Riots and Civil Commotion - Disquieting Times Ahead
There existed an eerie and historical sense of déjà vu as riots broke out in Minneapolis, Atlanta, New York, Los Angeles and other cities around the country in late May and early June. Images of burning buildings, looting and vandalism brought to mind the late 1960s, when such disturbances arose after shocking events, such as the assassination of Rev. Martin Luther King.
Whatever the root causes, these disturbances will certainly jolt an insurance industry coming to grips with COVID-19 and a looming hurricane season. ISO’s Property Claim Services (PCS) designated the Minneapolis riots as the first civil disturbance catastrophe since the 2015 Baltimore riots following the death of Freddie Gray while in police custody. Because rioting erupted in other states, PCS expanded the designation to include more than one state for the first time in its history.1
The Minneapolis event damaged some 400 businesses and is expected to cause an estimated $500 million in damage. Countrywide, the riots occurred over a two-week period and came after numerous peaceful protests over the George Floyd tragedy. Early industry estimates suggest that total insured riot-related damages will range between $1 billion and $3 billion. If true, this forecast will portend of the largest insured civil disorder loss in American history, surpassing these previous well-known events.
The following map shows the event’s unprecedented national geographic spread:
Losses arising from these events are disturbing. For example, the owner of a damaged Minneapolis dental clinic watched as his on-premises security cameras captured looters breaking in and destroying expensive dental equipment before setting the structure ablaze. Other business owners told similarly harrowing tales, many of them as they were beginning to reopen after governmentally imposed lockdowns.
Insurance claim staff adjusting these losses are working through coverage and valuation issues that include the following:
- One or Multiple Occurrences - A policyholder might have experienced multiple losses at a single location (vandalism and looting on consecutive days), or losses at multiple locations in the same or different cities. Crucial to this analysis will be policy language, the facts, and circumstances of the loss as well as applicable law. Because some reinsurance contracts contain hours clauses, the PCS designation of the catastrophe as running from May 26 to June 8 may have significance for primary carriers that seek recoveries.
- Business Income Loss Calculations - Calculating business income losses must by necessity contemplate COVID-19’s impact on business operations, particularly in those situations in which businesses are just emerging from COVID-19 lockdowns. Additionally, a co-insurance analysis (if applicable) will need to be conducted to determine if the policyholder was insured to the full value of the loss.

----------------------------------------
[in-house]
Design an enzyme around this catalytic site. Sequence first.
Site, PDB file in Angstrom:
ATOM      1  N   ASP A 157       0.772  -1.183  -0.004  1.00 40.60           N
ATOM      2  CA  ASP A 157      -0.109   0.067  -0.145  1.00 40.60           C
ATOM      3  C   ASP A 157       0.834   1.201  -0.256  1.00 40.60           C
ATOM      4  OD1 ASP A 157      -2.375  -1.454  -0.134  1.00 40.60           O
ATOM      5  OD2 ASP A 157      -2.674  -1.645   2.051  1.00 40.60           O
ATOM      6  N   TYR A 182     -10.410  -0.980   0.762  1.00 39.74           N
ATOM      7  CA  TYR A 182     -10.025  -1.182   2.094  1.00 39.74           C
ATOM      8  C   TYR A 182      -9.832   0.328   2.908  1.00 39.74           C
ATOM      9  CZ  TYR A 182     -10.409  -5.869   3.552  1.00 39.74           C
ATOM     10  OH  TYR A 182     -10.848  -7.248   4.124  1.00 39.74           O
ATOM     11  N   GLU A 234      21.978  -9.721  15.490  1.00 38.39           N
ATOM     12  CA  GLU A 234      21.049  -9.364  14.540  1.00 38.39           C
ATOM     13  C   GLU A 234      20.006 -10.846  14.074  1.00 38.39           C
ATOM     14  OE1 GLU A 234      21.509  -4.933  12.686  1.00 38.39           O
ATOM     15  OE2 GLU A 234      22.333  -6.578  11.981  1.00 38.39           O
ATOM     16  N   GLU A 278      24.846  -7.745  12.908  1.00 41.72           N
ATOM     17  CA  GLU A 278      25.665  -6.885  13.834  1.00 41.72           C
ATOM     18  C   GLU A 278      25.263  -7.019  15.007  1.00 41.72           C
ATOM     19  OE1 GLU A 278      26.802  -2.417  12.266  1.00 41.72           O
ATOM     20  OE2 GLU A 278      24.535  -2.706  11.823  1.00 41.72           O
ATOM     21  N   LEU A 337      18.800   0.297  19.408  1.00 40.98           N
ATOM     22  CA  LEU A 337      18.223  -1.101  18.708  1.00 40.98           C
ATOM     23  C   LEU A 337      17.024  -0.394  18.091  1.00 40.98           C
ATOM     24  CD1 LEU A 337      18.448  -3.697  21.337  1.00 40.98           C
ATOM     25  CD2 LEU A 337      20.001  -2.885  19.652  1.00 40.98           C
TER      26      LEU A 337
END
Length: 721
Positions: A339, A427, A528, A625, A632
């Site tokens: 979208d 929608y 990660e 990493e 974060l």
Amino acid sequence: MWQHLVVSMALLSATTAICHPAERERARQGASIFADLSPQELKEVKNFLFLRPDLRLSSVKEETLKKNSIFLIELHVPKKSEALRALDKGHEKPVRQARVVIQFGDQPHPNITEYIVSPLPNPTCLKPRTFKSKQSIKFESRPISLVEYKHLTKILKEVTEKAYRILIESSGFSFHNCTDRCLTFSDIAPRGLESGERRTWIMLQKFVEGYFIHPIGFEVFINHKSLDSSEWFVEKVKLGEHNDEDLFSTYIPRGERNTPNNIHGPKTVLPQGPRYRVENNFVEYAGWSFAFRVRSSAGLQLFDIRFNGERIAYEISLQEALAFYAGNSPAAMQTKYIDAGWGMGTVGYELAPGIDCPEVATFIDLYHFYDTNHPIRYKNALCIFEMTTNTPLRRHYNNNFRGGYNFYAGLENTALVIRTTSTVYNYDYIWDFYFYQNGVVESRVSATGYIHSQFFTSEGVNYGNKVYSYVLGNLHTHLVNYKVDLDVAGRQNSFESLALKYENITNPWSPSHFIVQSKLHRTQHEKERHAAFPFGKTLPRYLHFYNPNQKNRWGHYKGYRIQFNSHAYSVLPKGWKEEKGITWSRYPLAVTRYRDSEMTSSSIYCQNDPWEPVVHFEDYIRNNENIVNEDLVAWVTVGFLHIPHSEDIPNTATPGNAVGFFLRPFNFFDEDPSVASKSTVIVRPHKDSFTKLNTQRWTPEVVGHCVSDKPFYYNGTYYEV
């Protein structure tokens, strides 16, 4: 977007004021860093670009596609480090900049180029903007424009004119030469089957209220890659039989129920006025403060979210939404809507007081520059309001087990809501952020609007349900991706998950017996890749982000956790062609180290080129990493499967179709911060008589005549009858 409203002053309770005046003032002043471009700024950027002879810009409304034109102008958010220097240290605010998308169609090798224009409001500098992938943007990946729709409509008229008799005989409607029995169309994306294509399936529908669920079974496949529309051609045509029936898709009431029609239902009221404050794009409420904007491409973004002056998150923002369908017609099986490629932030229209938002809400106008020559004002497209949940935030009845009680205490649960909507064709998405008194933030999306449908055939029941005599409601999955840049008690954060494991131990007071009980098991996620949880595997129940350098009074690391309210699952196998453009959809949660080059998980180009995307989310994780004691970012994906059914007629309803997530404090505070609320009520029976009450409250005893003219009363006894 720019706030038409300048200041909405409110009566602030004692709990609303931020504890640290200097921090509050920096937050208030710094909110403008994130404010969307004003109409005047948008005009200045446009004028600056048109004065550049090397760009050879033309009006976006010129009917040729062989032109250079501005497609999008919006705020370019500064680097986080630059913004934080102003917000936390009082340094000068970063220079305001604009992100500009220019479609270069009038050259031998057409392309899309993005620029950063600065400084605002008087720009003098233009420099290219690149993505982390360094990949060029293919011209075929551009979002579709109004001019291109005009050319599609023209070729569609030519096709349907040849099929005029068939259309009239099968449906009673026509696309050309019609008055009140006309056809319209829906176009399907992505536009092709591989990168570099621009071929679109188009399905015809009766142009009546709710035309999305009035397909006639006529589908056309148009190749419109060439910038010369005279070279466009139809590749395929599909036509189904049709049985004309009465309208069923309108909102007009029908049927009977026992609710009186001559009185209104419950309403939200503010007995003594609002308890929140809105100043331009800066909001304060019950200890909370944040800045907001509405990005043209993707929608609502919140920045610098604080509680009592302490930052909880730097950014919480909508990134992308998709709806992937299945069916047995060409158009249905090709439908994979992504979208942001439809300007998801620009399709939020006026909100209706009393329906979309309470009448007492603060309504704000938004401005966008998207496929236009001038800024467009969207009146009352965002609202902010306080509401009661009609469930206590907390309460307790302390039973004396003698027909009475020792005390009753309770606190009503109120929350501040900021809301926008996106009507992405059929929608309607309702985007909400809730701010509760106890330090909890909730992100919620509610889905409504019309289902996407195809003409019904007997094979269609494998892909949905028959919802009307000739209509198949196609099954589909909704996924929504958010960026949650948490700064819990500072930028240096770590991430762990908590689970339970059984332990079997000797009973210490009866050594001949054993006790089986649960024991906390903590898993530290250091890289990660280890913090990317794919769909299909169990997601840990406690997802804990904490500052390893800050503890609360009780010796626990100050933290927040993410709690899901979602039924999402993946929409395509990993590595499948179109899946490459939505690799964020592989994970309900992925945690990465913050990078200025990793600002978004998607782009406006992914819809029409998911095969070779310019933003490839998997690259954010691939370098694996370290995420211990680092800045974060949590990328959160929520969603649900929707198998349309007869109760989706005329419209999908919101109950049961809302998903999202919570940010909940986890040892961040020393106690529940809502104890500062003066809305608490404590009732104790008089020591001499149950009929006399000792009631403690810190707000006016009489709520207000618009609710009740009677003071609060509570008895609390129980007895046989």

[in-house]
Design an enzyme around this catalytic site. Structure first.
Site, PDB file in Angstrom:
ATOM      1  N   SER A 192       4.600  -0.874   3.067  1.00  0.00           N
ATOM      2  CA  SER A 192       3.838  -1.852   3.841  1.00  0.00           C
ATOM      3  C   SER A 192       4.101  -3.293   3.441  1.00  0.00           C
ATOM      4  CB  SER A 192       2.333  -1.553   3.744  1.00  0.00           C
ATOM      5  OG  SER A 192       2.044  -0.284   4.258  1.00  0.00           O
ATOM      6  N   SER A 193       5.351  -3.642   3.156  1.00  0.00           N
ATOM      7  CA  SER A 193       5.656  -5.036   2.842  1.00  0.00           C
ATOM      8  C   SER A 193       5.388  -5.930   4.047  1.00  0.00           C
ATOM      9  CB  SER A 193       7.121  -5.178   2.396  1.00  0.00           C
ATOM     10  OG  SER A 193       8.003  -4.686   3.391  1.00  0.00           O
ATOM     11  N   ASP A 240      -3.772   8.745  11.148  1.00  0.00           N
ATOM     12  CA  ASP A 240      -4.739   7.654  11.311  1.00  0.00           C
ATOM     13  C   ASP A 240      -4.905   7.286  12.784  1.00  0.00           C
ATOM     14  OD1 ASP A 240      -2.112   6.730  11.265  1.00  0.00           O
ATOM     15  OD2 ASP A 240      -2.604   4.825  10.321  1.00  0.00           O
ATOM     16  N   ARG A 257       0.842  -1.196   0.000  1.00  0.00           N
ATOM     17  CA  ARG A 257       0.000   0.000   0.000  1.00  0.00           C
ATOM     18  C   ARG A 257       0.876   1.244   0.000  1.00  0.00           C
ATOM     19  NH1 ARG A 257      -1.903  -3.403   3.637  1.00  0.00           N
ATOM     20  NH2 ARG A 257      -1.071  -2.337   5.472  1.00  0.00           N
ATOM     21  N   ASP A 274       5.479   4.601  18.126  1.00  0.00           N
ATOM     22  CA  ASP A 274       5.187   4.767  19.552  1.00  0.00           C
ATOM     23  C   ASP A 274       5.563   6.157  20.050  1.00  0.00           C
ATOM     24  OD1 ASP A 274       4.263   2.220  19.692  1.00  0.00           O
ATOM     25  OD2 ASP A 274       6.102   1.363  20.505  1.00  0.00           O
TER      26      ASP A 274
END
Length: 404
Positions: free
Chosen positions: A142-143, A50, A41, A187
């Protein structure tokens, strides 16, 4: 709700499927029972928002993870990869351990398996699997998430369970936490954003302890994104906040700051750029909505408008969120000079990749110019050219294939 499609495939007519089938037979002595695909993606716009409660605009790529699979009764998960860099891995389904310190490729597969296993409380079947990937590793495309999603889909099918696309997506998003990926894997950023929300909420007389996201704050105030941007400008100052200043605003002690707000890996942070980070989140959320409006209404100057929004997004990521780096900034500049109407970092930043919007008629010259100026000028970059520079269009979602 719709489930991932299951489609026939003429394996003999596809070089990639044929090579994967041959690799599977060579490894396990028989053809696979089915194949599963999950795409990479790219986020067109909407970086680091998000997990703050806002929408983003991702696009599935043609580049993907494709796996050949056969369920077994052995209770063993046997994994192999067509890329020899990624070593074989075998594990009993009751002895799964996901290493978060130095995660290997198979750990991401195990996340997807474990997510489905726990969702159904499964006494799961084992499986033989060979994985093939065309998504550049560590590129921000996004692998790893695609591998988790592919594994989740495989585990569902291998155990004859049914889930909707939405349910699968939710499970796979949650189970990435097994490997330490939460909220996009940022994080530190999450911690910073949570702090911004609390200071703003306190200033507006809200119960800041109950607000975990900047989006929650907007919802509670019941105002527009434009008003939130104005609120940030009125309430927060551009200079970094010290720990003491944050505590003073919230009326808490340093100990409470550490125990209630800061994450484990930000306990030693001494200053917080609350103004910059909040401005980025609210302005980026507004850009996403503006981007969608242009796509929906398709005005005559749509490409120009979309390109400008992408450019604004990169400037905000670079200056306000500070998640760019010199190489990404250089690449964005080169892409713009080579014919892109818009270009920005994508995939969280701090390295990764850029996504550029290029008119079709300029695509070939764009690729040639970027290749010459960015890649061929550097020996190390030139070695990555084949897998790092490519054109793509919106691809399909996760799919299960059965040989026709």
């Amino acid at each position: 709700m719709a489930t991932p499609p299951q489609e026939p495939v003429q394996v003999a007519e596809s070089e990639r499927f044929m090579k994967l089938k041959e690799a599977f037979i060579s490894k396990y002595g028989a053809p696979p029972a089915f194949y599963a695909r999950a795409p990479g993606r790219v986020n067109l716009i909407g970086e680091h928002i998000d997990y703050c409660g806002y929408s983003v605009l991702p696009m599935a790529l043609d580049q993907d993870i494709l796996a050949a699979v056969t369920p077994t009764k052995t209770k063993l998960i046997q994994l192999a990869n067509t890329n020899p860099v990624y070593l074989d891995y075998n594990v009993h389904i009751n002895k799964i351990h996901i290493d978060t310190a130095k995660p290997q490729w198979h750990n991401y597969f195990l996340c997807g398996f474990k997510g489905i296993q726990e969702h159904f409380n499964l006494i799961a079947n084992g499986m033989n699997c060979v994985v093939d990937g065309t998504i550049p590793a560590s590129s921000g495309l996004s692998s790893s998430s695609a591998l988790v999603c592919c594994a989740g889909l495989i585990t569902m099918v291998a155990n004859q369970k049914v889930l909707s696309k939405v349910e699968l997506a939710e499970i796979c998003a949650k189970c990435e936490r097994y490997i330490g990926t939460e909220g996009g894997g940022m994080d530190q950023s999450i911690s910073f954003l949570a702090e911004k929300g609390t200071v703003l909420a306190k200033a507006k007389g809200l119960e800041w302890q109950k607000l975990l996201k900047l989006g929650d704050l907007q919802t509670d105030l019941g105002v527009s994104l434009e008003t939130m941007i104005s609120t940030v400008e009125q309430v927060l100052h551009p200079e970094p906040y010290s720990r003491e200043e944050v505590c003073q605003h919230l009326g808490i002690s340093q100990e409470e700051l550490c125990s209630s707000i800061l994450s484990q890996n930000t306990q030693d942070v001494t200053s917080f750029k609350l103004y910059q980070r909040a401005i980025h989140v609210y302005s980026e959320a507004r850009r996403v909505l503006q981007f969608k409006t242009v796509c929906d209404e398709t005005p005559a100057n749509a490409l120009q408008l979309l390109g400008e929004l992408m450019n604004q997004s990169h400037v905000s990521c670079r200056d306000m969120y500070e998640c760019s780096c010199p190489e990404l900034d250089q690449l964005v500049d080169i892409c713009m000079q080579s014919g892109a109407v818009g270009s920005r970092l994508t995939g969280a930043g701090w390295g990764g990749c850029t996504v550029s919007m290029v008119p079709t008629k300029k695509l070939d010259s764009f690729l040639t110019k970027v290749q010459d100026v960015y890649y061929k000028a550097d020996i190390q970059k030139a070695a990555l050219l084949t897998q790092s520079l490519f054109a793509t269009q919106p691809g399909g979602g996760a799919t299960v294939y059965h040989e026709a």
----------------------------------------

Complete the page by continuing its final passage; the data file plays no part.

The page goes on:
- Limitations of Civil Authority Coverage - Civil authority coverage typically mandates that property damage occur within a specified radius of the insured premises; a time limitation may also apply. Additionally, most provisions require that property access be denied by the actions of a civil authority.
- Fraudulent Claims - Some in the industry are concerned that these recent events and the current economic crunch may conspire to generate fraudulent claims and exaggerated damage submissions. While typical fraud indicators may be involved, such as looting without evidence of physical damage or documentation of inventory, other factors could be present to explain a reporting delay or complicate the submission of a detailed proof of loss.
In each of the above instances, review of applicable policy language will be vital. Although many carriers may use standard ISO-issued forms, some employ manuscript policies that can dramatically alter coverages and impact losses submitted.
Some observers suggest that recent events are a new phenomenon, while others state that they are nothing more than a continuation of a trend first seen internationally in the 2010 Toronto G20 protests and more recently in Chile and Hong Kong. Regardless, the potential for riot and civil commotion events is on the rise.
As the second half of 2020 starts, many questions remain, including:
- Will the current political climate create social unrest that spills over into civil disturbance?
- Could a second wave of COVID-19 lockdowns push simmering frustration to the boiling point?
- Will a lumbering economy with a protracted and uneven recovery serve as an accelerant for civil commotion?
- Will the November elections play any role?
At its core, insurance provides financial stability in uncertain times. Recent events will provide the industry an opportunity to confirm that assessment.
- Property Claim Services (PCS) Catastrophe Bulletin, Catastrophe Serial No. 2033 - 24, in which other states are included.